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Eaten Back to Life (1990)
 

Cannibal Corpse has always been a controversial and polarizing band. Not so much for the reasons one might think, such as all the attention that they received for their gory cover art and graphic song titles. But within the underground, a lot of people hated these guys just for the fact that their records were considered to be inferior to those of many of their peers, yet they became the most popular Death Metal band in the world. Though Cannibal Corpse was never the best, and even their classic years produced albums that were only half-developed, their debut is a different beast altogether and is often forgotten. Released in August 1990, Eaten Back to Life sounds almost nothing like those records that followed it.

Musically, this L.P. is much more varied and interesting than the band's later recordings. The songwriting shows a fairly strong Thrash Metal influence, owing a bit to the likes of Slayer, Sodom and Sepultura. One can also hear similarities to the second Death album, Leprosy. Rather than being driven by the vocals and percussion, as is the case with Butchered at Birth and Tomb of the Mutilated, at times, Eaten Back to Life is very much a riff-oriented album. The guitars are the dominant feature of this recording and there are many memorable riffs to be found. In particular, the opener "Shredded Humans" includes riffs that will probably remain with you for years, even if you were to never touch the album again. The same can be said for  "Scattered Remains, Splattered Brains" and "Born in a Casket", both of which feature riffs that actually create a dark atmosphere, something that th band soon after forgot. There are plenty of high-speed sections, but they rarely last for too long and often give way to thrashier parts. This is probably a good thing, as the drumming gets somewhat sloppy when the pace quickens. The vocals of Chris Barnes are much different than the more guttural approach that he would adopt for the next release, utilizing more of a dry and raspy sound that really gives the impression of a half-rotted corpse that has just clawed its way from the damp soil of an ancient grave. This adds so much more to the deathlike atmosphere of the album, it is really unbelievable that so many Death Metal bands preferred the deeper and more useless vocal style that Barnes used after this. He sounds somewhat like a more demonic version of Evil Chuck, here. Also worth noting is the presence of Glen Benton (and some other guy) doing guest vocals on a couple of songs. The songwriting, overall, is much stronger than one would expect and never gets too dull. The less interesting songs actually clock in at under two minutes, so they never get the chance to become too boring or to annoy the listener. While much of the compositions are different than what they would later do, "Buried in the Backyard" very much foreshadows the direction that was to come.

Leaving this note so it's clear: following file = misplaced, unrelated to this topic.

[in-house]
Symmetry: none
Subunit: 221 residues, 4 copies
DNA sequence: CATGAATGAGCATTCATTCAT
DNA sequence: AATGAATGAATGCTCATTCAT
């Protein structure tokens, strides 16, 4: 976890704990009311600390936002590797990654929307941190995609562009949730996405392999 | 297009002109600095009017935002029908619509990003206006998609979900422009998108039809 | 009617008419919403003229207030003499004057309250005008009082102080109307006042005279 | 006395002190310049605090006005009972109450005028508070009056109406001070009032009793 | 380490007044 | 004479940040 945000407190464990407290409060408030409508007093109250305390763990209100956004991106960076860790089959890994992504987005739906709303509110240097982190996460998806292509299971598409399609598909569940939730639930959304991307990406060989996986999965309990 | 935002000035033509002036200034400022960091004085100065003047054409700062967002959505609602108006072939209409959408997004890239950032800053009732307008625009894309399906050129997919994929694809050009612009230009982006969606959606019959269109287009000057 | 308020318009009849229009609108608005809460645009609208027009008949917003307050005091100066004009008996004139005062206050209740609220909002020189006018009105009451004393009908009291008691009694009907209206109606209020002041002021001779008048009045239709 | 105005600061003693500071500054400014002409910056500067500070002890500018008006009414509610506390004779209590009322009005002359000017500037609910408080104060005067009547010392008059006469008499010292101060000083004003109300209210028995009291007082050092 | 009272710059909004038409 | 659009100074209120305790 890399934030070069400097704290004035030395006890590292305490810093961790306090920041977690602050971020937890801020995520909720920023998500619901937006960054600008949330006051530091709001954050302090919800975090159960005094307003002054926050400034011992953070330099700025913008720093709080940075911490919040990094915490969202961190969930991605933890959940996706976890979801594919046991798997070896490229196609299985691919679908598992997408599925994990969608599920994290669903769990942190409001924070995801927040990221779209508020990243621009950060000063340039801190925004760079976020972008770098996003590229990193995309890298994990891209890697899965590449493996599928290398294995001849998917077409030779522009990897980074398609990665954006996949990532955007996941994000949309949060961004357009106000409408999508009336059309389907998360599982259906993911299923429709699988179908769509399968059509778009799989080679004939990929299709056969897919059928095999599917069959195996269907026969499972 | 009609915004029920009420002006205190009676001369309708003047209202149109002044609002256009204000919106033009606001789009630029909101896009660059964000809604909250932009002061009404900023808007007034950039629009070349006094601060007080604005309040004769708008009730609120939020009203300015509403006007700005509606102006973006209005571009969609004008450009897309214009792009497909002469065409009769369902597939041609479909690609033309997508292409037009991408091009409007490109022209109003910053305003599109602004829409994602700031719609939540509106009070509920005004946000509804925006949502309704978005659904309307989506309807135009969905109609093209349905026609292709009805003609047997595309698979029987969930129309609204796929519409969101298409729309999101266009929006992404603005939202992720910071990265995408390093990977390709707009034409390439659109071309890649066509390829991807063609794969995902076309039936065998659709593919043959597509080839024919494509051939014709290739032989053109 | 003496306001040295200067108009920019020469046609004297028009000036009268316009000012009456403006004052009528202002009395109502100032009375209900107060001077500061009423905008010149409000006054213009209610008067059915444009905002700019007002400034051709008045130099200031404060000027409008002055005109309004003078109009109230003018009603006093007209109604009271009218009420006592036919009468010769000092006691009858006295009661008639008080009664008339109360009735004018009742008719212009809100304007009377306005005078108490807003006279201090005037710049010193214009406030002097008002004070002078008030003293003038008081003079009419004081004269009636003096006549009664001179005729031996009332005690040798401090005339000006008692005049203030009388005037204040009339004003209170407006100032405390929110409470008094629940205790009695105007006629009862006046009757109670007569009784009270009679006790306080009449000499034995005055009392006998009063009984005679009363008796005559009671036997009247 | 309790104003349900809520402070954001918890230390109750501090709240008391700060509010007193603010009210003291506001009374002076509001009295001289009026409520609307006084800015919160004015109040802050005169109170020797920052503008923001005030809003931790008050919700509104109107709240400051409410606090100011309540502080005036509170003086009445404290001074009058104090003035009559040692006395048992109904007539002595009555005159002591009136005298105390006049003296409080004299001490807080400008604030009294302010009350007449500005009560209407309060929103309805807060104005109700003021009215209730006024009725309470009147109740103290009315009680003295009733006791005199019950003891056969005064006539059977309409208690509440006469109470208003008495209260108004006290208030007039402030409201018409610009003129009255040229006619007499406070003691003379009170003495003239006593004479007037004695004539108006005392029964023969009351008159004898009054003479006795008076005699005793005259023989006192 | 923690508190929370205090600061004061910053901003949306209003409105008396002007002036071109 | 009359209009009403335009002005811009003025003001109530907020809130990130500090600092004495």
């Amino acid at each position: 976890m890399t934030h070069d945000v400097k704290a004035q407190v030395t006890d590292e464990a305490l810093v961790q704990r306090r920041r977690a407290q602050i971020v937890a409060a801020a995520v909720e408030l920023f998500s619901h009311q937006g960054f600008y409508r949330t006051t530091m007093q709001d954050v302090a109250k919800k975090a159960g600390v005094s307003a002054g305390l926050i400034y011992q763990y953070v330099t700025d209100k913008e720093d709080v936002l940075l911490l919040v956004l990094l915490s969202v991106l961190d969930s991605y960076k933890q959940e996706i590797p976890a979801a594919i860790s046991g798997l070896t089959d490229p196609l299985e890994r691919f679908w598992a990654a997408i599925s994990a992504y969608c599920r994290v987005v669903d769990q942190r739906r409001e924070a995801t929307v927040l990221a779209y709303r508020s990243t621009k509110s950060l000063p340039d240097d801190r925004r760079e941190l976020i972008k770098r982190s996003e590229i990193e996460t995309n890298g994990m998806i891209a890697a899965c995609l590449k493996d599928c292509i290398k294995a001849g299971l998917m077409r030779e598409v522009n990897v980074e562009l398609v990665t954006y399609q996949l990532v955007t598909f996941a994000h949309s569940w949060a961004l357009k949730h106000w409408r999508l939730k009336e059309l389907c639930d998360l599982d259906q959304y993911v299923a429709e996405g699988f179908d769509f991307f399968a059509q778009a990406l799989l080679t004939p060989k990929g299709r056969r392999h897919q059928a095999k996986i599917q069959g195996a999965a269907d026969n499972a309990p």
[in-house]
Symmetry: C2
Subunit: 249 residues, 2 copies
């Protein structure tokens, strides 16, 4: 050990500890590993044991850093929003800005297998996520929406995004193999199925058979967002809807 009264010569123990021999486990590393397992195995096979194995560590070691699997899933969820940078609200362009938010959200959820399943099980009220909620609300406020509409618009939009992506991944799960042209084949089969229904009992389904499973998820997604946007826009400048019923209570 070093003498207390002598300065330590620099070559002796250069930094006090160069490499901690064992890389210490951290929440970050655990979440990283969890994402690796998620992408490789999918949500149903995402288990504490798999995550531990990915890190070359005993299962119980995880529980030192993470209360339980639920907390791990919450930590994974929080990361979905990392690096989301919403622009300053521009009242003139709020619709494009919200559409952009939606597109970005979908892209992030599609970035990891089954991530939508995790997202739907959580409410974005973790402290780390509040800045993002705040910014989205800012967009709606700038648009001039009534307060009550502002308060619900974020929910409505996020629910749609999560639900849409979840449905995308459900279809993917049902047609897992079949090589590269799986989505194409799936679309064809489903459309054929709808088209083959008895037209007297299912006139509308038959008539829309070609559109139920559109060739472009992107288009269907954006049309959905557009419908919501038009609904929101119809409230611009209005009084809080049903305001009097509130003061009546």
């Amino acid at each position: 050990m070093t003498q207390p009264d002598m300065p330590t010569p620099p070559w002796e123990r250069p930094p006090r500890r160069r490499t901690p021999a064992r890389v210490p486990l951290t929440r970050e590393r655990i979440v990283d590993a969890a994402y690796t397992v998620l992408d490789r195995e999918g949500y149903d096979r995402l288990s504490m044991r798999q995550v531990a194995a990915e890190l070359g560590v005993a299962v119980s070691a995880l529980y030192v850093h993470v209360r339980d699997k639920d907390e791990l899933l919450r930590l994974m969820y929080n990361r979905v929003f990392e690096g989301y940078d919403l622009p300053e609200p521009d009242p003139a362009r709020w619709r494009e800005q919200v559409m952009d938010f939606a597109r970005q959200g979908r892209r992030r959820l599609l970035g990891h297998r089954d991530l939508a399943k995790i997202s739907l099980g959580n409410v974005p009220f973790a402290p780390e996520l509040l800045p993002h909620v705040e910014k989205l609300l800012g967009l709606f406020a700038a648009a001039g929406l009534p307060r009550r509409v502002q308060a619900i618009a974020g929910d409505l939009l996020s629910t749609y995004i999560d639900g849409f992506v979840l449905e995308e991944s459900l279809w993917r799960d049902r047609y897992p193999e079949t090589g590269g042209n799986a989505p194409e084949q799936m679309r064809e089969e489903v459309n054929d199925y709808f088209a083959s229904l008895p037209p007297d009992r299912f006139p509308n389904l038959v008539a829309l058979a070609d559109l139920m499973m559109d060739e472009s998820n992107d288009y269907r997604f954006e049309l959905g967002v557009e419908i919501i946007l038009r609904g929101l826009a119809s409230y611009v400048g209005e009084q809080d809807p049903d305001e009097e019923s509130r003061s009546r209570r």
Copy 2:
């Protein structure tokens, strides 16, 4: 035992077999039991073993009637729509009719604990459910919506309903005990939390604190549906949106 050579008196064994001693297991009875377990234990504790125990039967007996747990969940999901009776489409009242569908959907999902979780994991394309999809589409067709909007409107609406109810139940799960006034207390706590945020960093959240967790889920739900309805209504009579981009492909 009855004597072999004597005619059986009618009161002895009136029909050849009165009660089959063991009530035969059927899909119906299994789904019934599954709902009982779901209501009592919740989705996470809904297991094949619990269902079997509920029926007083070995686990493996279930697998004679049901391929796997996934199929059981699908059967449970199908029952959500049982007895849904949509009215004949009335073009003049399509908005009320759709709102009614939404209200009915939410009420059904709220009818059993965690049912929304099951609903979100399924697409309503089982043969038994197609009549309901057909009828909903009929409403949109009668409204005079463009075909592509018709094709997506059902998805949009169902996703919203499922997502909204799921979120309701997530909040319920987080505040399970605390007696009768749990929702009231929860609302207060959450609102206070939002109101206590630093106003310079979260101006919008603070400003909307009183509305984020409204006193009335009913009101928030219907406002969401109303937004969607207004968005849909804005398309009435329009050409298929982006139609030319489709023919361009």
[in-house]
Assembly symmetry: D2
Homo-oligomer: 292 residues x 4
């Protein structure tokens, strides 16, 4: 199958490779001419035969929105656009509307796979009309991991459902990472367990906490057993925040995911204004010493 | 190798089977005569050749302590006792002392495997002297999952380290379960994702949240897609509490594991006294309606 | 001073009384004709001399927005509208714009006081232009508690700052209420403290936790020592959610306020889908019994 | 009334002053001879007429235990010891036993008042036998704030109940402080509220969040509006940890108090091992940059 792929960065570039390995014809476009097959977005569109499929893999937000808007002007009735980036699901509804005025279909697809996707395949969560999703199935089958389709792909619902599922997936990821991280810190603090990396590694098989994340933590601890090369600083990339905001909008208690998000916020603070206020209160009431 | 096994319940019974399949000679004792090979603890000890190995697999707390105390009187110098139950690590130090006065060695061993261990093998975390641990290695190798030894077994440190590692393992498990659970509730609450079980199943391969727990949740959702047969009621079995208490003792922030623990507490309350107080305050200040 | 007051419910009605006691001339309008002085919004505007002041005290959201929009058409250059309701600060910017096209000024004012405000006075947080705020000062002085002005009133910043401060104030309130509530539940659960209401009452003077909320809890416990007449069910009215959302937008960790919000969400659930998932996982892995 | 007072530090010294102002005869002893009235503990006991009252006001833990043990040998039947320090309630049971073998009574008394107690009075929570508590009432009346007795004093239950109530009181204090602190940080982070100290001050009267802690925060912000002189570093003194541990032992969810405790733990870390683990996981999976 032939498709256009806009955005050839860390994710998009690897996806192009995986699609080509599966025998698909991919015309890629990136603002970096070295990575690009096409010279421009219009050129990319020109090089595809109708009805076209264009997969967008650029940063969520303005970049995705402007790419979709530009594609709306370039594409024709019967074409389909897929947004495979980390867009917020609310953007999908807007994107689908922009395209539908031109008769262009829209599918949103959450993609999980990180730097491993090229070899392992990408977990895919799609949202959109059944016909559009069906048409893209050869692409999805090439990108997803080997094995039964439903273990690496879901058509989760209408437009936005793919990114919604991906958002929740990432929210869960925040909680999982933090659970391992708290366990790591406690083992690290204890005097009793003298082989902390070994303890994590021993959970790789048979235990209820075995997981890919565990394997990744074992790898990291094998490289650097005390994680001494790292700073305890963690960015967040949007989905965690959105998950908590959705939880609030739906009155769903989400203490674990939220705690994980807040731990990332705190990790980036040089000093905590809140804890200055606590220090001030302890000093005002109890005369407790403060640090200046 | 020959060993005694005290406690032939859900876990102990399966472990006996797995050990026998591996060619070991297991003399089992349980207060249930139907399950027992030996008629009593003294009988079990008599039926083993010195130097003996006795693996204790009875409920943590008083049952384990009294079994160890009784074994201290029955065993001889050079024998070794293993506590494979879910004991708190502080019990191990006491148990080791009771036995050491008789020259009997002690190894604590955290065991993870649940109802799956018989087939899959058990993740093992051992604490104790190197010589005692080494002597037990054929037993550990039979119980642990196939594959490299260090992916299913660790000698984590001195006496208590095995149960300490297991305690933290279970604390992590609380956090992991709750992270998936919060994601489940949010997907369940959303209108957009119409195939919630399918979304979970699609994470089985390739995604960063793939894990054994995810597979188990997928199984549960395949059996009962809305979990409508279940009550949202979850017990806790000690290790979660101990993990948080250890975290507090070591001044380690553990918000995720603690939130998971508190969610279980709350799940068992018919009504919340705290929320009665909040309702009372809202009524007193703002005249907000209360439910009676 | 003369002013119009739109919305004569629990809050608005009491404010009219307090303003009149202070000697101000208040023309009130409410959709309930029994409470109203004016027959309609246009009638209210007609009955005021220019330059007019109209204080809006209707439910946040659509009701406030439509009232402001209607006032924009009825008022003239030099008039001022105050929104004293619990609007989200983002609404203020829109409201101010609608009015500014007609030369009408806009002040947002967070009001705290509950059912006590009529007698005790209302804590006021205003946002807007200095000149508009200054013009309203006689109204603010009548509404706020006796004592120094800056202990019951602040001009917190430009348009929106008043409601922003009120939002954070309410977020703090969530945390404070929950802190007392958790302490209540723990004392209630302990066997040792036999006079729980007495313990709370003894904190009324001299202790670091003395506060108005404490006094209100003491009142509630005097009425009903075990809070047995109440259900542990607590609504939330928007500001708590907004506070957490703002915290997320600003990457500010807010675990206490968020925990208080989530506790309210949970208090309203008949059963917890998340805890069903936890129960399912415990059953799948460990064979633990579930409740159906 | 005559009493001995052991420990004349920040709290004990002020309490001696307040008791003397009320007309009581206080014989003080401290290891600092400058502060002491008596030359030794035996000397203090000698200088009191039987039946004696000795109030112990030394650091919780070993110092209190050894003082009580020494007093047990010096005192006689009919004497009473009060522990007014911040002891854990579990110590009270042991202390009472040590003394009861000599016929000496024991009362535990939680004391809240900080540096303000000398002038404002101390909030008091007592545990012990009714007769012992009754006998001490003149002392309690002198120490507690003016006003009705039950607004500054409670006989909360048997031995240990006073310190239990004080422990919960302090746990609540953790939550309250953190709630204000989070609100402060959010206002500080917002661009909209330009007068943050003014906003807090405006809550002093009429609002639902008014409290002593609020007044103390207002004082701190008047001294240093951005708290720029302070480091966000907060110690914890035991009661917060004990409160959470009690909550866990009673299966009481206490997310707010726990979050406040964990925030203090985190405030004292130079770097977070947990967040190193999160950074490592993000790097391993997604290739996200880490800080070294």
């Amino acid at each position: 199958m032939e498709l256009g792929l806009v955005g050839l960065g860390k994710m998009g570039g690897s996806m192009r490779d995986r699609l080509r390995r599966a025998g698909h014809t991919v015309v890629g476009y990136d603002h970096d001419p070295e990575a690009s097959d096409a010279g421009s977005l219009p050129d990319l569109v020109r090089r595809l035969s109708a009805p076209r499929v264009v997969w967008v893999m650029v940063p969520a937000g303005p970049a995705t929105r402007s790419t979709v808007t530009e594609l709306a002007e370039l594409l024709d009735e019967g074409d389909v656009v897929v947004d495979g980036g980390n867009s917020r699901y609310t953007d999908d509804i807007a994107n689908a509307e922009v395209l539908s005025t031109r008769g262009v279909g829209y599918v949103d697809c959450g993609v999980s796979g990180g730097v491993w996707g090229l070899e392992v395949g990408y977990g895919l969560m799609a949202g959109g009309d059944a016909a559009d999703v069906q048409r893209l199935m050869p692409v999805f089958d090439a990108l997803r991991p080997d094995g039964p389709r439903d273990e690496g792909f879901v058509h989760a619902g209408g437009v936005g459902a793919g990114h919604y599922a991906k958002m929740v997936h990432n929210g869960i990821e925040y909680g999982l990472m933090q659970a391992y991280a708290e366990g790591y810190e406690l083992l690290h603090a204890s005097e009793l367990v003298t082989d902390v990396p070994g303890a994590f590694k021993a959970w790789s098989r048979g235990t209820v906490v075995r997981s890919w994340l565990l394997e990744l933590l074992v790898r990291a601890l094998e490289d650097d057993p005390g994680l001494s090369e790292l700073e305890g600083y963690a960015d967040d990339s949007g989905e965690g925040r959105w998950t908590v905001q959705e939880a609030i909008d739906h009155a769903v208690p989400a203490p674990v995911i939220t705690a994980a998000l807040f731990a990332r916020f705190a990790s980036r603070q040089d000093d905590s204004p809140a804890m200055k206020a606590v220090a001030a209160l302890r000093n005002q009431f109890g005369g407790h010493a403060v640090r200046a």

In this case, credit should be given to the often-horrible Scott Burns for managing to give the album a powerful and yet sharp production job. This was before he decided to make the guitars on every record blend into the background and sound weak and ineffective. On Eaten Back to Life, the guitars are heavy and the drums are forceful, without distracting, and the overall sound is very similar to Sepultura's Beneath the Remains. The Slayer-esque solos are clear and carve through you, while the vocals are at an appropriate level, not rising too far above the rest and yet not getting buried in the mix. Perhaps, if the band utilized this sort of production for the following releases, they would have been more enjoyable and less bland.